Interaction With the Natural Environment Is Good for Learning
Think your student is spacing out when she’s gazing out the window during class? She may be instinctively seeking a cognitive reset that will improve her ability to focus. Many studies have demonstrated the power of the natural environment—whether real or simulated in video games—on kids’ learning and well-being.
One study of over 10,000 fifth-grade students showed that kids in schools with unrestricted views of nature tested higher in reading, math, and language arts than students in schools with urban views (or no views at all). Other studies have shown that interaction with nature can be particularly helpful for kids with ADD and ADHD, and that the greener the child’s play spaces, the more reduced his or her attention deficit symptoms.
Again, don’t worry if your classroom or child’s bedroom lacks views of nature. In a 2009 study, researchers introduced leafy plants into the classroom and found a positive impact on students’ well-being and behavior, with fewer hours of sick leave and disciplinary events.
Classroom Design May Distract From Learning
The many factors that make up classroom design have been studied for their influence on learning. Factors that can interfere the most with learning are noise, temperature, and (surprisingly) seating arrangement.
1. Noise: The interfering effects of noise during learning—particularly noise that includes voices (language)—is quite profound in young children. The likely reason is that the brain systems which allow us to filter out distractions and focus on the task at hand (executive functioning) are still developing in children. Thus, children are particularly vulnerable to the acoustics of noise. Because noisy interference makes it difficult for kids to stay on task, it has widespread effects on learning. Noise has been shown to profoundly impact reading, writing, and comprehension skill learning, as well as overall academic performance.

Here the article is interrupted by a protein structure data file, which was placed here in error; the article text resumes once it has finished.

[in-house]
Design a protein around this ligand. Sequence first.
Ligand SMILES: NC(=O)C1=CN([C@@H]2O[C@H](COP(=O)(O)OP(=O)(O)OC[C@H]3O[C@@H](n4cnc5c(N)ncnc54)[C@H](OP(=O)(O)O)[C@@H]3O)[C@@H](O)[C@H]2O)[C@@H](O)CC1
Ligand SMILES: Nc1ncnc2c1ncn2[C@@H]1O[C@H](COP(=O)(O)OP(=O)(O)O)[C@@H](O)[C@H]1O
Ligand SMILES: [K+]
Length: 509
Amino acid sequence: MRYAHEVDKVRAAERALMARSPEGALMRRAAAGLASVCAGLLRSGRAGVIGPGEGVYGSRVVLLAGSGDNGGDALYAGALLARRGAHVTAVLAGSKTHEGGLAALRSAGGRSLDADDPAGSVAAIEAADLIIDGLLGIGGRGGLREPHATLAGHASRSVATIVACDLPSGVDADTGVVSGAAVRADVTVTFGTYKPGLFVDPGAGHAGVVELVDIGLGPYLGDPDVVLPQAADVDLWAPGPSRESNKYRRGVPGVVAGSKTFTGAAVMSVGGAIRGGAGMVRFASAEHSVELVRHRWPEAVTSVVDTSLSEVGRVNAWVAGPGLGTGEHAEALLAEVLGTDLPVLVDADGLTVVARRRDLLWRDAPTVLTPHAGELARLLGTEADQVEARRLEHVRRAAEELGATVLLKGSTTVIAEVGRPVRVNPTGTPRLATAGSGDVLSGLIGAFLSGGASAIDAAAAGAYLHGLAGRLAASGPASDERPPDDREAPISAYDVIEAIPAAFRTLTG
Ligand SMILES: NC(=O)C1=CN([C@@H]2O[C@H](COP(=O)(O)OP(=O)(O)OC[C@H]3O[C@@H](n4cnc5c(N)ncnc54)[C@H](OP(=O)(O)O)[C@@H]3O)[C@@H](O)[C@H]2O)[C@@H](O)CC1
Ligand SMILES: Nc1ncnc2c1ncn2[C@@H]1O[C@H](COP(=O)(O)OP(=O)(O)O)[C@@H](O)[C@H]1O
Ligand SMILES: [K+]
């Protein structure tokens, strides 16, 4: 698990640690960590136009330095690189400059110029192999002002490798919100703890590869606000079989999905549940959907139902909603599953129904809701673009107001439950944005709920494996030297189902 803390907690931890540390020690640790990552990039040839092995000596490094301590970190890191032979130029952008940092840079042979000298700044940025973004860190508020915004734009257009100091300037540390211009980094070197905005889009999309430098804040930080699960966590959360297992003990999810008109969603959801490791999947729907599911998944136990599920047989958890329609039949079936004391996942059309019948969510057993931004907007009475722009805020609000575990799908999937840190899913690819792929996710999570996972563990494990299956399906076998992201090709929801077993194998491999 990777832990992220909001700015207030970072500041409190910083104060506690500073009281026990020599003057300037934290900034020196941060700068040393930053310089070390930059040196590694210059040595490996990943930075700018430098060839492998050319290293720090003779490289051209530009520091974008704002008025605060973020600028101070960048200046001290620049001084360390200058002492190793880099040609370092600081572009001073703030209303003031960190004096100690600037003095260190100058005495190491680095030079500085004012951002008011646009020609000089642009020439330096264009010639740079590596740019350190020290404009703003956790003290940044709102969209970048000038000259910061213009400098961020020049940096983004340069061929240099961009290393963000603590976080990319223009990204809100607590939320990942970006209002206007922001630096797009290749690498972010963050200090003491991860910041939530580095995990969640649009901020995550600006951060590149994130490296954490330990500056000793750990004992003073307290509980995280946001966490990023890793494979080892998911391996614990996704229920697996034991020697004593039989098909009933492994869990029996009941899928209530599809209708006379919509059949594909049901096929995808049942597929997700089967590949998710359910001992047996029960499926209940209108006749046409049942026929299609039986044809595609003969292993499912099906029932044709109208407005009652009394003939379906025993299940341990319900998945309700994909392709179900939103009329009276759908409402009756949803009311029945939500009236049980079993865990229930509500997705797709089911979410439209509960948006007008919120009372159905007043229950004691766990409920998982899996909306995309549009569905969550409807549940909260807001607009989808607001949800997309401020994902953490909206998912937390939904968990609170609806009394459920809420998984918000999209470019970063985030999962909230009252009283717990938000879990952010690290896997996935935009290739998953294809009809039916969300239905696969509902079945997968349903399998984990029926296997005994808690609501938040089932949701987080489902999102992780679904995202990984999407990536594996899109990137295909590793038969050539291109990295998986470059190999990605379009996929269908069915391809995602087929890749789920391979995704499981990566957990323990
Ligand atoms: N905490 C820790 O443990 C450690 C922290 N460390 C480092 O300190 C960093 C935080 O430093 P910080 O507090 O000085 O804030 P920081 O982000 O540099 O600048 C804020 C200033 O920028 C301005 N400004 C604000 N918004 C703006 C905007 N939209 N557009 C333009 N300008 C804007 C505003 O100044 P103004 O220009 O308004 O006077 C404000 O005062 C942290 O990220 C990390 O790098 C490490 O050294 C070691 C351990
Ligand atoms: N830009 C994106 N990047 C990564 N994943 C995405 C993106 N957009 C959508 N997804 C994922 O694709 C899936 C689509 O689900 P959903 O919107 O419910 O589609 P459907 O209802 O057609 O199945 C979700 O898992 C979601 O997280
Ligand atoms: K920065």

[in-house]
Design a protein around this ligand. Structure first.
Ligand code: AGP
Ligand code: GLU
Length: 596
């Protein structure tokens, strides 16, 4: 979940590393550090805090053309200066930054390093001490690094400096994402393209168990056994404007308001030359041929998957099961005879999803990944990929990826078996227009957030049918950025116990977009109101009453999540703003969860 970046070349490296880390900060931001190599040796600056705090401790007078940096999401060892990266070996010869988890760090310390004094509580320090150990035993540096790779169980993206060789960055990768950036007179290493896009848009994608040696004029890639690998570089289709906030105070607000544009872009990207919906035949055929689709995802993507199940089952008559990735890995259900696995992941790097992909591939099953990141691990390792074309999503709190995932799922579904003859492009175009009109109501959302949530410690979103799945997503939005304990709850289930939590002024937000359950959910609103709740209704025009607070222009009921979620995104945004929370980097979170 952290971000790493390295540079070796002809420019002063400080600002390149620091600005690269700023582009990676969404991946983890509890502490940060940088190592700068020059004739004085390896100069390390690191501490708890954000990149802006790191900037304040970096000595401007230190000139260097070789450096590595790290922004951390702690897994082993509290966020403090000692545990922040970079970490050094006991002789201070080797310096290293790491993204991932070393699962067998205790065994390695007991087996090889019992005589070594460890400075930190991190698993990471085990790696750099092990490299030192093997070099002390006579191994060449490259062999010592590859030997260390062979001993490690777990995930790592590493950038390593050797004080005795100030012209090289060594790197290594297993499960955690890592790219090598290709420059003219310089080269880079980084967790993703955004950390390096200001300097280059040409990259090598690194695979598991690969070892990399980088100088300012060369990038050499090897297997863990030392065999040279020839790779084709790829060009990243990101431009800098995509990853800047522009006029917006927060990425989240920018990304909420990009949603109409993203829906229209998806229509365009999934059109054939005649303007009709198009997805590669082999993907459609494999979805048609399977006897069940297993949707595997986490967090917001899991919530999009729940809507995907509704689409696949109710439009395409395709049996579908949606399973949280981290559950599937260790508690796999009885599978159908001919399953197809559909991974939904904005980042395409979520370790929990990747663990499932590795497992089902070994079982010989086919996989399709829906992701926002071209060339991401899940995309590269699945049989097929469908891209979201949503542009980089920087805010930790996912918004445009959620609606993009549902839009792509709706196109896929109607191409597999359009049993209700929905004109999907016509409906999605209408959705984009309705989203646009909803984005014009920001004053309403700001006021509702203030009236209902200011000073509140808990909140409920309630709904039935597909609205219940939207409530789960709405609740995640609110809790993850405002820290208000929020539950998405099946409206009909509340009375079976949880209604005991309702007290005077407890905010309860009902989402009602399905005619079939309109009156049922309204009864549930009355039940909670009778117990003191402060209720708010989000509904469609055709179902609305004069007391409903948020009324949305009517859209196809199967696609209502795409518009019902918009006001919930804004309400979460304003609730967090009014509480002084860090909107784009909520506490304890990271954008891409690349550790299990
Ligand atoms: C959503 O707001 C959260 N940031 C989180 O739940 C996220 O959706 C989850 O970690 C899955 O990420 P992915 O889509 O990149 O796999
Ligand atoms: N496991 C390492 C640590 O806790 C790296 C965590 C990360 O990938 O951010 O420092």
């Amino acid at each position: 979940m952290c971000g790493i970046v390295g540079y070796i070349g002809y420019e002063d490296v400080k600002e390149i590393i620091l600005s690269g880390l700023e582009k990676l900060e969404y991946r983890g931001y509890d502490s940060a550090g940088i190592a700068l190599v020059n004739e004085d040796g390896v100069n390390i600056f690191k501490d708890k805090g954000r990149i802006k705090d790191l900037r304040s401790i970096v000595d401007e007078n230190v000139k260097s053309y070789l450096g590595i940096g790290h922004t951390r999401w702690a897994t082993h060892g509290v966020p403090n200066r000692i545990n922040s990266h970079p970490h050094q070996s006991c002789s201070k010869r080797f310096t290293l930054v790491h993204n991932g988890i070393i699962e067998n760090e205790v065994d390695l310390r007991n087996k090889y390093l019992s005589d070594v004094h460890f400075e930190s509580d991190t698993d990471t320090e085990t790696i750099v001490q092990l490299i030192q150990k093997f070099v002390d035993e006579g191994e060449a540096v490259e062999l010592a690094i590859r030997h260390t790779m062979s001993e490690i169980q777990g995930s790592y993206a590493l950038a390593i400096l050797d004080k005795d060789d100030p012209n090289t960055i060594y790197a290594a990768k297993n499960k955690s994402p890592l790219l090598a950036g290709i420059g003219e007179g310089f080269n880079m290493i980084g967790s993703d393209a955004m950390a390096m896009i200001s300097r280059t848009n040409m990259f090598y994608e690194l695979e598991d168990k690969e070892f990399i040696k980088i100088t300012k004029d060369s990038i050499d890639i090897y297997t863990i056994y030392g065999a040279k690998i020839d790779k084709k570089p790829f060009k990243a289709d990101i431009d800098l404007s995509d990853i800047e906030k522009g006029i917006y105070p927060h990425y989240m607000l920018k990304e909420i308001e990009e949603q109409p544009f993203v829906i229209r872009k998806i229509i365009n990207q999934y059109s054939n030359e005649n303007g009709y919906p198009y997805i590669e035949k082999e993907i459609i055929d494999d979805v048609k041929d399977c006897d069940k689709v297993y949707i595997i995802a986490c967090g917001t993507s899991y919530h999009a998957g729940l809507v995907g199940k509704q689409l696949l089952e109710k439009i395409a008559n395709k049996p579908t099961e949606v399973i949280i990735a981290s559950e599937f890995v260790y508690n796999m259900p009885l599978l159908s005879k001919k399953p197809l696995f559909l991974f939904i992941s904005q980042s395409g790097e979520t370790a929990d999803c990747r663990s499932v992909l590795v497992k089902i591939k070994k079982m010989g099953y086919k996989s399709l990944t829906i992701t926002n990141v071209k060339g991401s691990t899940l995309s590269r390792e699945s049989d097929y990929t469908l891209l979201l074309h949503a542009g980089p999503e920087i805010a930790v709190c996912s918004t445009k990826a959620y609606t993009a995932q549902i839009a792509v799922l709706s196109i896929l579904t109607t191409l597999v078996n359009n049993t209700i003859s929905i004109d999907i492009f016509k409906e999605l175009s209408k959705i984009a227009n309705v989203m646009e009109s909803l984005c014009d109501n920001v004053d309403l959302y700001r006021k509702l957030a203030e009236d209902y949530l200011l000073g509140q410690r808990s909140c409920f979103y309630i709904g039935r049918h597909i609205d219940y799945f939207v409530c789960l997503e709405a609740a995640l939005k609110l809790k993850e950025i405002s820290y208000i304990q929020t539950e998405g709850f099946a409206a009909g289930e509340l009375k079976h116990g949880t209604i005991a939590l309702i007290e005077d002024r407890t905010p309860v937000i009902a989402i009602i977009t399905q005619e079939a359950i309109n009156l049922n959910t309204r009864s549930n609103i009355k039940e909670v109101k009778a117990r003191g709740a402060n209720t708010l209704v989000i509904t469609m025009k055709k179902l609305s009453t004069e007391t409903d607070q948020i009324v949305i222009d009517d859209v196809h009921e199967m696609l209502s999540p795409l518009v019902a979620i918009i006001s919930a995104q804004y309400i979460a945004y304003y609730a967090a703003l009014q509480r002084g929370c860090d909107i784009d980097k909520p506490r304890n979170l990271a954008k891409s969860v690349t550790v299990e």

2. Temperature: If the temperature of a classroom or home studying environment is outside of a comfortable range, it can be a source of distraction that interferes with learning. A review of studies investigating the relationship of temperature and learning outcomes revealed ideal thermal ranges for optimal learning: between 68 and 74 degrees Fahrenheit, with about 50 percent humidity.
3. Seating arrangement: Another source of distraction can be a classroom’s arrangement of desks and chairs. In a classic study, researchers tested three seating models with different levels of independent versus interactive arrangements. They showed that elementary school students were least on task when desks were arranged in rows, better on task when arranged in clusters, and best on task when in a semicircle. Another study, however, suggests that the best arrangement should be determined by matching it with the task at hand: More interactive tasks benefit more from interactive arrangements (semicircle and clusters), and independent tasks from independent (rows) arrangements.
In sum, there are many things about the built and natural environments that can impact student learning, with some researchers suggesting that 10 to 15 percent of variance in academic outcomes is influenced by the environment.